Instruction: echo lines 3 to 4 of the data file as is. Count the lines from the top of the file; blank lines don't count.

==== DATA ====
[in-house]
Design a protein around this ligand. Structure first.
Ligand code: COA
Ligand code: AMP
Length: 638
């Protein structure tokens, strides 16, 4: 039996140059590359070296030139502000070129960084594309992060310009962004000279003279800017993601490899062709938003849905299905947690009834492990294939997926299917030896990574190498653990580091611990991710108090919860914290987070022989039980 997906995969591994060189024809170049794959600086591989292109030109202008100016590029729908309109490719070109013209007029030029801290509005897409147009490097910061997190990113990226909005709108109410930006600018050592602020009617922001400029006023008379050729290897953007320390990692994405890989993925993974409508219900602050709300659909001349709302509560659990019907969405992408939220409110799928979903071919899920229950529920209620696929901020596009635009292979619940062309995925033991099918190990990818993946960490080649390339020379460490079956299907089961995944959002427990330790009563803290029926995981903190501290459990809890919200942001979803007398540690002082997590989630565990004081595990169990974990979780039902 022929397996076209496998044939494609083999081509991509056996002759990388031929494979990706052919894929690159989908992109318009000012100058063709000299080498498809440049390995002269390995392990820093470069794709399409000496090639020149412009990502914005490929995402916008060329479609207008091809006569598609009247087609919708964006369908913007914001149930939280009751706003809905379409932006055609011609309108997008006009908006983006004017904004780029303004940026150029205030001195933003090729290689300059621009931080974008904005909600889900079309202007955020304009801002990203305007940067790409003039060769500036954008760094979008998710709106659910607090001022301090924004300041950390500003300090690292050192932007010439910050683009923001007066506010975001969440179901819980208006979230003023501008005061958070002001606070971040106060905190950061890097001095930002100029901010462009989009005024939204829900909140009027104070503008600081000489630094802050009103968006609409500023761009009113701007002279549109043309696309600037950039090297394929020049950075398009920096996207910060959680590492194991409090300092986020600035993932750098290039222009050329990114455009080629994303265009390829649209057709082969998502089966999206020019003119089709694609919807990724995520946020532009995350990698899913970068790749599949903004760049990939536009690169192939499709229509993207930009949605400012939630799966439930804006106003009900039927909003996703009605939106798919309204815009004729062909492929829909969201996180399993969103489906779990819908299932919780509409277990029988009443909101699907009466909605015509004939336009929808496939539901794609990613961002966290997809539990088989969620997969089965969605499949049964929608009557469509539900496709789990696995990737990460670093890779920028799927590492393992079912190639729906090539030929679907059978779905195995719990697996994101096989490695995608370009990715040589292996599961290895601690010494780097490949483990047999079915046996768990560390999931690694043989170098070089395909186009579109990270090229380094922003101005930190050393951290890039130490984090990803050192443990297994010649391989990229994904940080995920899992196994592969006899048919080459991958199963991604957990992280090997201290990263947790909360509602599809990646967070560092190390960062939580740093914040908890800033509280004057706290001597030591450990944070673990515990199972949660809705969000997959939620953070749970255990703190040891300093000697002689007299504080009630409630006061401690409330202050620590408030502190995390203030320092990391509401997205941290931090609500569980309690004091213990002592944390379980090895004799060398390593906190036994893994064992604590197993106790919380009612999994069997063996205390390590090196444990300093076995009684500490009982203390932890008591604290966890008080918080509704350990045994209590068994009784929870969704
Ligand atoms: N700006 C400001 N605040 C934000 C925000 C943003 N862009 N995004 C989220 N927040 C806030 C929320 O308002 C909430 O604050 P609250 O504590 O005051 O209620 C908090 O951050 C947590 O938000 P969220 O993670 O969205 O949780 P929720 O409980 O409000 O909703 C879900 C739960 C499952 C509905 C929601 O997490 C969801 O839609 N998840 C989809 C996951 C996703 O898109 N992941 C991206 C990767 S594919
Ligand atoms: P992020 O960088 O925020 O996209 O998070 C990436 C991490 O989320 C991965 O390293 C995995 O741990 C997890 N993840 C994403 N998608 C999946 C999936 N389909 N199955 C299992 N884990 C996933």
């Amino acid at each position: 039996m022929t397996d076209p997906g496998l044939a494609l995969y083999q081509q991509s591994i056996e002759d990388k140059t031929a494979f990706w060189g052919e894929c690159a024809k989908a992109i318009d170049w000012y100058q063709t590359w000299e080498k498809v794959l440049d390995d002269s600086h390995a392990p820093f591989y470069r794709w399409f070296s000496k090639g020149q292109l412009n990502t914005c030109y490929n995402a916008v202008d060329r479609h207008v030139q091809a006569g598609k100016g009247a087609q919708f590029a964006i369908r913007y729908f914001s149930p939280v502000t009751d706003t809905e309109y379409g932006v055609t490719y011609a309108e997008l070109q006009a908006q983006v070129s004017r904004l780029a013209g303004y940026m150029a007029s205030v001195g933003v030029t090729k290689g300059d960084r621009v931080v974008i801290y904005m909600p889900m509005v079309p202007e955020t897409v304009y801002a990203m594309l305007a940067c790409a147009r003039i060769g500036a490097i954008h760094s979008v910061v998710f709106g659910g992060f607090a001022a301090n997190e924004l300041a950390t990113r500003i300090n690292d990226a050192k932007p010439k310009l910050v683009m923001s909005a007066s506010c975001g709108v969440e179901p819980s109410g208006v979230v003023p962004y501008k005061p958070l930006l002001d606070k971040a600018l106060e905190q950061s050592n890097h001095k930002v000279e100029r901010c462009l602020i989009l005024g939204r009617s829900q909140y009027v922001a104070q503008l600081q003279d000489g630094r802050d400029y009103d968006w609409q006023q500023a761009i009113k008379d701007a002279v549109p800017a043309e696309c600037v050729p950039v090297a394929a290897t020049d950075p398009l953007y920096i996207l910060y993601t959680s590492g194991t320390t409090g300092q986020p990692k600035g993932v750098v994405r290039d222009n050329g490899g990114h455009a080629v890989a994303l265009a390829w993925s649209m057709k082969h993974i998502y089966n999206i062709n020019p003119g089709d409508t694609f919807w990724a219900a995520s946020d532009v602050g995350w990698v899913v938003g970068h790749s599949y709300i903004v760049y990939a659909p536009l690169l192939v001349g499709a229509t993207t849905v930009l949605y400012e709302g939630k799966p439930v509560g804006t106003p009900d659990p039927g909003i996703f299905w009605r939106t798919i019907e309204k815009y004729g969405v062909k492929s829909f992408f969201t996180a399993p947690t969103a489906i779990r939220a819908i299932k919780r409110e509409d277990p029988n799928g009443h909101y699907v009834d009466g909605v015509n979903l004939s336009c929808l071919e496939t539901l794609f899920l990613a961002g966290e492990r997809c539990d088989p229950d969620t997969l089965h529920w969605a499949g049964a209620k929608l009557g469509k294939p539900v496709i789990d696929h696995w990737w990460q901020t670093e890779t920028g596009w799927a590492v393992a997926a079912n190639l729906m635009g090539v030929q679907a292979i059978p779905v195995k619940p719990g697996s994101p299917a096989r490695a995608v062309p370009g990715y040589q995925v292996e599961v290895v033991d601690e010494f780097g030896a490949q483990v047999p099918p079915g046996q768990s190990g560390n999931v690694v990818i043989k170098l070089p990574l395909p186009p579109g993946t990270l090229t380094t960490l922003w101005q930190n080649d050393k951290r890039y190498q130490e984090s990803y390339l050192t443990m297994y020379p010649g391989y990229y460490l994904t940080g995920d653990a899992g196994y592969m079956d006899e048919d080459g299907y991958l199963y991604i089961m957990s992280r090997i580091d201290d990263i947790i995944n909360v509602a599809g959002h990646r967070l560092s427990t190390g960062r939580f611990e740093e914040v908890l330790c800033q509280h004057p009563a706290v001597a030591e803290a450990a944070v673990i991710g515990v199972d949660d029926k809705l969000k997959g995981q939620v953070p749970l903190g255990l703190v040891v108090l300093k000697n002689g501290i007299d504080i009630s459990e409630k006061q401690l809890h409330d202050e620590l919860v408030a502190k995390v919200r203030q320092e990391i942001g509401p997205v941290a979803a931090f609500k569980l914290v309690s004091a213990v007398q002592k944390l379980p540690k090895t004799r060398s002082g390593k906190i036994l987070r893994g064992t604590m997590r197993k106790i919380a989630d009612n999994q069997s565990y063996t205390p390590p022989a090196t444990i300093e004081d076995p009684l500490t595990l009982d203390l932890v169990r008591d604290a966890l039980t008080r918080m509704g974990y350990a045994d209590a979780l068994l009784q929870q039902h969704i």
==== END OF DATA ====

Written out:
Ligand code: COA
Ligand code: AMP